Book Review: Last Argument of Kings by Joe Abercrombie

Last Argument of Kings
Genre: Dark Fantasy/Grimdark
Series: The First Law
Author info:

This is the third and last book of The First Law Trilogy, check my reviews for book #1 and book #2.

This book, as I expected, was much like the final glory part of a majestic fireworks show. The roller-coaster ride didn’t ease up the least bit with its wild twist and turns, leaving me a bit dizzy in the end. That pretty much sums it up.

I have seen folk mentioning ‘too modern phrases’ in criticism of the series, but the amazing character ridden plot threads, sharp dialogues and the superb action scenes make it very hard to notice, and even then, I didn’t care at all cause the story and the characters are that badass.

The plot twists are so cleverly done that I saw none of them coming. I didn’t even have the tiniest hint of suspicion about quite a few. The characters, even though grow and change, end up back to square one in many aspects, but it’s so amazingly well done it doesn’t quite feel like it at first. I might be starting to sound a bit cryptic, but that’s about the best way I can describe it without stepping into spoiler territory.

Glokta continues to shine and kick butt as usual, so does Logen Ninefingers. But Bloody-Nine is ever scarier and we get to glimpse the soulless nature of that one. Blood-chilling stuff, not for the faint of heart. Neither are Glokta’s cruel, necessary evil torture scenes. Say what you will about Glokta but he’s one clever and practical dude. After all, you gotta be realistic about those things.

We get to spend more fun time with the Northern men and Logen, who goes back there to join them in the fight with Bethod. Collem West is also there, pulling some kickass tricks and saving the day each time. West became one of my favorite characters in the whole series, and he’s the only genuine good guy here without massive flaws.

I found the fighting scenes of the Northern gang in the mountain fortress a bit dragging but things got interesting before it bored me too much so I can’t really complain. It’s just that I don’t care much about the endless hack and slash and hand to hand combat scenes dragging on.

I must admit, the rather unfair and awful situations some of the characters ended up in put a tear or two in my eye. The moral of the story here is that life is a bitch and no one gets what they deserve. This is perhaps why this series is incredibly realistic.

In the end, none of the messed up characters are able to truly get away from who they really are. None, other than one certain character who turns out to be a horrible villain, and Ferro. Cause Ferro doesn’t give a rat’s ass about anything other than her vengeance, which she embraces gladly.

As an experienced grimdark reader, I was expecting a total bloodbath and relentless character slaughter leading to a depressing ending, but the ending of The First Law is not nearly as grimdark and tragic as I expected. It’s a much nicer ending than Harry Potter, I daresay.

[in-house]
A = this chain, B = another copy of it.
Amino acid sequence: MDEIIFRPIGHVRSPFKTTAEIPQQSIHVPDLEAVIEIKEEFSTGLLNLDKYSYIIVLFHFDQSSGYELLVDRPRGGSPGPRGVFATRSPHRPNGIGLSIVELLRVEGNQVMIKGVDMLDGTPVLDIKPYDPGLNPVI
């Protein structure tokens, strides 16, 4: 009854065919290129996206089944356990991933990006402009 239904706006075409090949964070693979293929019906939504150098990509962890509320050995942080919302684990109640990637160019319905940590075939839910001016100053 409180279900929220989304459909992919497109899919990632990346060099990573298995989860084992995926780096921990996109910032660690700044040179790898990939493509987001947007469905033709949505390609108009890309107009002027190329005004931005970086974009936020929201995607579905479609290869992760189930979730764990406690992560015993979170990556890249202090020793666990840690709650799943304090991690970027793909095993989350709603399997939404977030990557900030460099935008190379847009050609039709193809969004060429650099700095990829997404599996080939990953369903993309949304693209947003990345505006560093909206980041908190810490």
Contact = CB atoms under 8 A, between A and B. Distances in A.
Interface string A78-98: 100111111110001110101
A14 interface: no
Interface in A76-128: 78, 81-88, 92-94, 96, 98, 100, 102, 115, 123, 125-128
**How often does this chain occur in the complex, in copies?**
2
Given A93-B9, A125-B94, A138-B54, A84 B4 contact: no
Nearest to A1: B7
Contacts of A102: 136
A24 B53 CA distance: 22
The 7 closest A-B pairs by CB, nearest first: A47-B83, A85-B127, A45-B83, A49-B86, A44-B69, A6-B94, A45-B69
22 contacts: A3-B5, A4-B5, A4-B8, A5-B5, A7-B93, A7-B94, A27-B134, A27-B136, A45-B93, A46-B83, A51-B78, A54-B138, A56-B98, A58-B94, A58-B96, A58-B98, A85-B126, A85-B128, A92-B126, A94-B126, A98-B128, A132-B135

All in all, this book completed the splendid job of upending every single epic fantasy trope out there and then some. Glokta has taken his place as one of the unforgettable characters of the fantasy genre in my personal hall of fame along with Ferro.

I am so going to re-read this series. If you are into character driven stories and delightfully complex characters, you will be a fan. Go order a copy, you will thank me later.

Book Review: Before They Are Hanged by Joe Abercrombie

Before They Are Hanged
Genre: Dark Fantasy/Grimdark
Series: The First Law
Author info:

This is book #2 of The First Law Trilogy, check the review for book #1 here.

Say one thing for Joe Abercrombie, say he kicks your arse with his characters. That’s the long and short of it. I already loved The Blade Itself but a whole bunch of new books got in the way and I’ve been aching to resume reading the series ever since. I came down with a bad flu and had plenty of time to catch up with the reading since I haven’t been able to do anything else other than lie down and read.

This book has been such a thrill ride with the breathtaking adventures, thickening plots, and most of all, the splendid cast of characters. Their growth and changes and relationships are all masterfully done. The progress of Jezal and Logen Ninefingers was especially mind-blowing. I loved the landscapes, the ruins, the descriptions of the weather. I’m a huge sucker for journeys in depressing landscapes and bad weather and I’d love to do a fan art of a scene from this majestic journey if I ever find the energy for it.

Bayaz drags Logen Ninefingers, Jezal, Ferro and Quai to the ends of the world in search of the mysterious Seed we saw mentioned in The Blade Itself, with Brother Longfoot from the order of Navigators as their guide. These parts were awesome to read, the landscapes and the adventures were great but the character developments and interactions were the best parts of it.